Journal of chromatographic science

Determination of elemental sulfur in gasoline by gas chromatography with on-column injection and flame ionization detection following derivatization with triphenylphosphine.

PMID 20412650


Several years ago, the presence of elemental sulfur in gasoline became a significant issue for the automotive and fuel industries. In several incidents, elemental sulfur at trace levels led to the corrosion of silver alloy fuel sensing elements in automobile gasoline tanks. This report describes a derivatization method that allows the determination of trace levels of elemental sulfur using flame ionization detection. The sample is derivatized with triphenylphosphine to form triphenylphosphine sulfide. This component is readily detected with a flame ionization detector. In most analyses, on-column injection was employed to allow detection of trace levels of elemental sulfur. However some analyses with splitless injection were also performed. For some gasolines, detection limits on the order of less than 1 microg/g elemental sulfur were possible with this approach. However, the detection limit can vary depending upon the concentration of trace higher boiling components. The precision of the analysis, as measured by the relative standard deviation of triplicate injections, for gasolines containing 1 to 10 microg/g of elemental sulfur was in the 1 to 3% range. The recovery of a gasoline spiked with approximately 4 microg/g elemental sulfur was 102%. The presence of ethanol did not appear to affect results.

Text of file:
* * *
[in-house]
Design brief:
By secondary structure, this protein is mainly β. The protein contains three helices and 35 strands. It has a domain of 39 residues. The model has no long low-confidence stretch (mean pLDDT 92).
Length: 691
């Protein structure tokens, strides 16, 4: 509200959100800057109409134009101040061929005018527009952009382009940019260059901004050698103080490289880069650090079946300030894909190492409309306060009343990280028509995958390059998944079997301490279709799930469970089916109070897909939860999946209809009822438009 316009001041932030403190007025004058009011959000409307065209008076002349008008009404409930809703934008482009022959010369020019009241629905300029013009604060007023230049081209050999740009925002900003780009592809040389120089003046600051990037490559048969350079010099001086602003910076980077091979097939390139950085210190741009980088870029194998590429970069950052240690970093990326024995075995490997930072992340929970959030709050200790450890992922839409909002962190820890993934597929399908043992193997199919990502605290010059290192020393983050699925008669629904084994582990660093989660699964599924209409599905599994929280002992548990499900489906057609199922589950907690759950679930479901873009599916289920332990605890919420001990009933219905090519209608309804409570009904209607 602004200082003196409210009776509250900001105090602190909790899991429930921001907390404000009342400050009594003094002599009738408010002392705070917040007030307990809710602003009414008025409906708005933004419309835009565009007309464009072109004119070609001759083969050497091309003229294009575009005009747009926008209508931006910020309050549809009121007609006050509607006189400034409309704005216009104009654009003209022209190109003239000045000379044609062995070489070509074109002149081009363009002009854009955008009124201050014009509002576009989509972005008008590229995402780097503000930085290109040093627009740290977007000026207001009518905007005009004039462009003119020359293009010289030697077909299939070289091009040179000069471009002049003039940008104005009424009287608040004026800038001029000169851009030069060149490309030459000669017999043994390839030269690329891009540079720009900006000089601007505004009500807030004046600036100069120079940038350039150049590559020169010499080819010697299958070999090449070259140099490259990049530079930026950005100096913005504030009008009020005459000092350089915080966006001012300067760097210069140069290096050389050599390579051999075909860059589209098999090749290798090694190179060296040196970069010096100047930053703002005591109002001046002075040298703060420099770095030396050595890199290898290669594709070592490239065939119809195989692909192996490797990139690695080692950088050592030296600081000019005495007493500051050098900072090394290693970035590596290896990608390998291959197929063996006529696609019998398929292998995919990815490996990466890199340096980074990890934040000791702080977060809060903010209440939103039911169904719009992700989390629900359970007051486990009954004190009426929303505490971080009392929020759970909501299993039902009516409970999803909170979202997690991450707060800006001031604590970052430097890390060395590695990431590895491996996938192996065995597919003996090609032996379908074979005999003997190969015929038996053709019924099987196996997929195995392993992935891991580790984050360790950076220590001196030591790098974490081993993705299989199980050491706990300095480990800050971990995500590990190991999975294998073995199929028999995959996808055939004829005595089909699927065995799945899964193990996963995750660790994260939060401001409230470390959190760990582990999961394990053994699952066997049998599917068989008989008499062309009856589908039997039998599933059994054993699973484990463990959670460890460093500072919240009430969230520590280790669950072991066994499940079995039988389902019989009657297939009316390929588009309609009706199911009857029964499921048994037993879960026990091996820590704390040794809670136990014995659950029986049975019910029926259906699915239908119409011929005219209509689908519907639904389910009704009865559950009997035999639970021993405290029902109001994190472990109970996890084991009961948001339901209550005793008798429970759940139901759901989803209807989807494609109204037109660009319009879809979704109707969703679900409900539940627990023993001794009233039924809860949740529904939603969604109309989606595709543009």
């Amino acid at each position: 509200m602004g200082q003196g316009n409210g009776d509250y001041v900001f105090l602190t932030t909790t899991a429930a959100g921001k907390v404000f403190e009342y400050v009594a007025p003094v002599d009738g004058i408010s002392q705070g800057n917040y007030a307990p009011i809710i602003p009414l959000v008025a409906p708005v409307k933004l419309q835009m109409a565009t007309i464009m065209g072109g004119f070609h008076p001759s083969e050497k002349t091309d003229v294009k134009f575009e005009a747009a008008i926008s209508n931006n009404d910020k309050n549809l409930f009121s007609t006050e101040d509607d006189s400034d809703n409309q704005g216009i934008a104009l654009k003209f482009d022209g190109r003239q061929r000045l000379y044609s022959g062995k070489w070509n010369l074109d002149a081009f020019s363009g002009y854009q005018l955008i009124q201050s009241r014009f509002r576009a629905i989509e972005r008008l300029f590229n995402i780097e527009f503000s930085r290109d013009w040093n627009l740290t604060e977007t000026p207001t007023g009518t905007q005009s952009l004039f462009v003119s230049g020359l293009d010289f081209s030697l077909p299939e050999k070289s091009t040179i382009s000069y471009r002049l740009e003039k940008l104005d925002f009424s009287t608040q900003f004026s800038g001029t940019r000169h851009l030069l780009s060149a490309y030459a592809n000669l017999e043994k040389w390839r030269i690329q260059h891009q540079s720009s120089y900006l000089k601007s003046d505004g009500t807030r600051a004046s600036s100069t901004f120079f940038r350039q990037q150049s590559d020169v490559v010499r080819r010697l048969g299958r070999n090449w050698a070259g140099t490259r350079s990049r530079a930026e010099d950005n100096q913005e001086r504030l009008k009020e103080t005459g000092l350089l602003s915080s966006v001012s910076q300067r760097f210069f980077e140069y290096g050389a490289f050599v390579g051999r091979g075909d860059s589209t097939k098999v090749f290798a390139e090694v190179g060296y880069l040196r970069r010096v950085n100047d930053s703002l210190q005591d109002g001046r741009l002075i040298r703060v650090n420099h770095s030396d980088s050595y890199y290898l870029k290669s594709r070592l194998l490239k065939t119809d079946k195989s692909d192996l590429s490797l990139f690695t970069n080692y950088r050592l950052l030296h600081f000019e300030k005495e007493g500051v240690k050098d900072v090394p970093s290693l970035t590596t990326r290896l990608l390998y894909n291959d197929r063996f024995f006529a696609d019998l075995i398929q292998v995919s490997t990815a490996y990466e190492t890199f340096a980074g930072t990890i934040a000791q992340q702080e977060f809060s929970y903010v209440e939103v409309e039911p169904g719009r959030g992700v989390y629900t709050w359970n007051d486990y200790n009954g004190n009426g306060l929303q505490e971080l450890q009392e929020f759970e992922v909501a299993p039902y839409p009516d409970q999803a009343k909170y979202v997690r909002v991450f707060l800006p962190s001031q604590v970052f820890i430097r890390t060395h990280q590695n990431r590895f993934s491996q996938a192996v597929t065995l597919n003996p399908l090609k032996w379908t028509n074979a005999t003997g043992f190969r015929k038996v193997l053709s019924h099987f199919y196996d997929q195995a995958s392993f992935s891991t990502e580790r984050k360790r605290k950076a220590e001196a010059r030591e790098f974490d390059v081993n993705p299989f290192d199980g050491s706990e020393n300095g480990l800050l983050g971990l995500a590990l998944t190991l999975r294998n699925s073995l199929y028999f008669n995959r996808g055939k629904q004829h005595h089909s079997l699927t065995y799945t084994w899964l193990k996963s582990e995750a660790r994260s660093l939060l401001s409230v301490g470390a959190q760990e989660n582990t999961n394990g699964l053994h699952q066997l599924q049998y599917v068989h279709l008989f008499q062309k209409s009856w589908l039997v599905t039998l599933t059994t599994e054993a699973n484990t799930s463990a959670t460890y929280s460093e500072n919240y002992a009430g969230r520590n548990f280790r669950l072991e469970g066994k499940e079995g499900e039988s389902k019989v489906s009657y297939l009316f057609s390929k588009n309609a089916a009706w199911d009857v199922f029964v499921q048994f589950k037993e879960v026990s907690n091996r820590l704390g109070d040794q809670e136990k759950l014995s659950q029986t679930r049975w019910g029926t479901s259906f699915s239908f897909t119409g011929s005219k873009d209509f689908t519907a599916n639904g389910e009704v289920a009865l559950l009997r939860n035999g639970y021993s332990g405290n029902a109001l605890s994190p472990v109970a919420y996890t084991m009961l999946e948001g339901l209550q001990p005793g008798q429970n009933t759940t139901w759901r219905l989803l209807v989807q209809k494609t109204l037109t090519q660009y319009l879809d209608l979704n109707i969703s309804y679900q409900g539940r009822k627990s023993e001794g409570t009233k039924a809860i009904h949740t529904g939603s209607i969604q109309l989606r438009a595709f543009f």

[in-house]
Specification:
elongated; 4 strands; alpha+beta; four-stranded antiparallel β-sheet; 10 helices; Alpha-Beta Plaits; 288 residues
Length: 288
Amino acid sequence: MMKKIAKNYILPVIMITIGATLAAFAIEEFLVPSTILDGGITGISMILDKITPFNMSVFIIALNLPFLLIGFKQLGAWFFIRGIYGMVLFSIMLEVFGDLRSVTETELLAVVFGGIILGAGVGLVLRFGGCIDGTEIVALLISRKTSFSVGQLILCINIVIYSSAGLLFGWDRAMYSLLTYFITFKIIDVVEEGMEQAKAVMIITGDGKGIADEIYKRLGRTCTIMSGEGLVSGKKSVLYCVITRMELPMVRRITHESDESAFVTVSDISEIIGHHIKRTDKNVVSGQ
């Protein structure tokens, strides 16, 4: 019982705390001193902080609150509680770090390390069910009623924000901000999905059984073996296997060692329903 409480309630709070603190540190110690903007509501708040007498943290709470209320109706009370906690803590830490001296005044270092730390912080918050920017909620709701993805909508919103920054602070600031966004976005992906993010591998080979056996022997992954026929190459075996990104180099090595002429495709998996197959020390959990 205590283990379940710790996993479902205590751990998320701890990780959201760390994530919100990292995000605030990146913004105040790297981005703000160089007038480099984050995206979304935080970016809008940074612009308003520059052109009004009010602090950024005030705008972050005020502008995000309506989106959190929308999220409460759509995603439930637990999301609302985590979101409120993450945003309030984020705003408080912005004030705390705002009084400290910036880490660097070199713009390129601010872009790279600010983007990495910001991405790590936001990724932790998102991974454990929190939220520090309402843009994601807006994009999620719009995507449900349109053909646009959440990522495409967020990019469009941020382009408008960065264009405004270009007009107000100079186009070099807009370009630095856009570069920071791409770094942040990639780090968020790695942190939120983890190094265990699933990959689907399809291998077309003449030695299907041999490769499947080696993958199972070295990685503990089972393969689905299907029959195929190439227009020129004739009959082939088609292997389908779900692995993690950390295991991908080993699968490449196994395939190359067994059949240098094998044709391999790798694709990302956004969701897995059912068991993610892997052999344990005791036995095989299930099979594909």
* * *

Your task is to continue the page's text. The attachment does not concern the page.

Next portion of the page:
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Triphenylphosphine sulfide, 98%